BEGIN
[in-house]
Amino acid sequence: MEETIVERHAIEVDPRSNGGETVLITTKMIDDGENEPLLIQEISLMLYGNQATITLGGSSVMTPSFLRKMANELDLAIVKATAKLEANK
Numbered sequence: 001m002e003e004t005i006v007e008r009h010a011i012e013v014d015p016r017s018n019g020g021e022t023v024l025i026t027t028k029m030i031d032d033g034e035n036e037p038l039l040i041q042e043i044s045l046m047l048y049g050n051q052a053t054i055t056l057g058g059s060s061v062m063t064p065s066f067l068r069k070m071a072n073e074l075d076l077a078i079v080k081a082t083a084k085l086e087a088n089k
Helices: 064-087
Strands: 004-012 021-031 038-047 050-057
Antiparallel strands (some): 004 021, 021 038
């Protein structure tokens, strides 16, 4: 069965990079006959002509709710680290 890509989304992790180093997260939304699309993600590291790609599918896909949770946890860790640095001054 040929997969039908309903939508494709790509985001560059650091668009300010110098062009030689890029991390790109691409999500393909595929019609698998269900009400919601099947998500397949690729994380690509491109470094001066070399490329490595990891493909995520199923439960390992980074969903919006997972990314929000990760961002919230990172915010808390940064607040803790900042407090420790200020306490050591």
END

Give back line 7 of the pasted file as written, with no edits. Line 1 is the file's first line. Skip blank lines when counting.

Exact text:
């Protein structure tokens, strides 16, 4: 069965990079006959002509709710680290 890509989304992790180093997260939304699309993600590291790609599918896909949770946890860790640095001054 040929997969039908309903939508494709790509985001560059650091668009300010110098062009030689890029991390790109691409999500393909595929019609698998269900009400919601099947998500397949690729994380690509491109470094001066070399490329490595990891493909995520199923439960390992980074969903919006997972990314929000990760961002919230990172915010808390940064607040803790900042407090420790200020306490050591």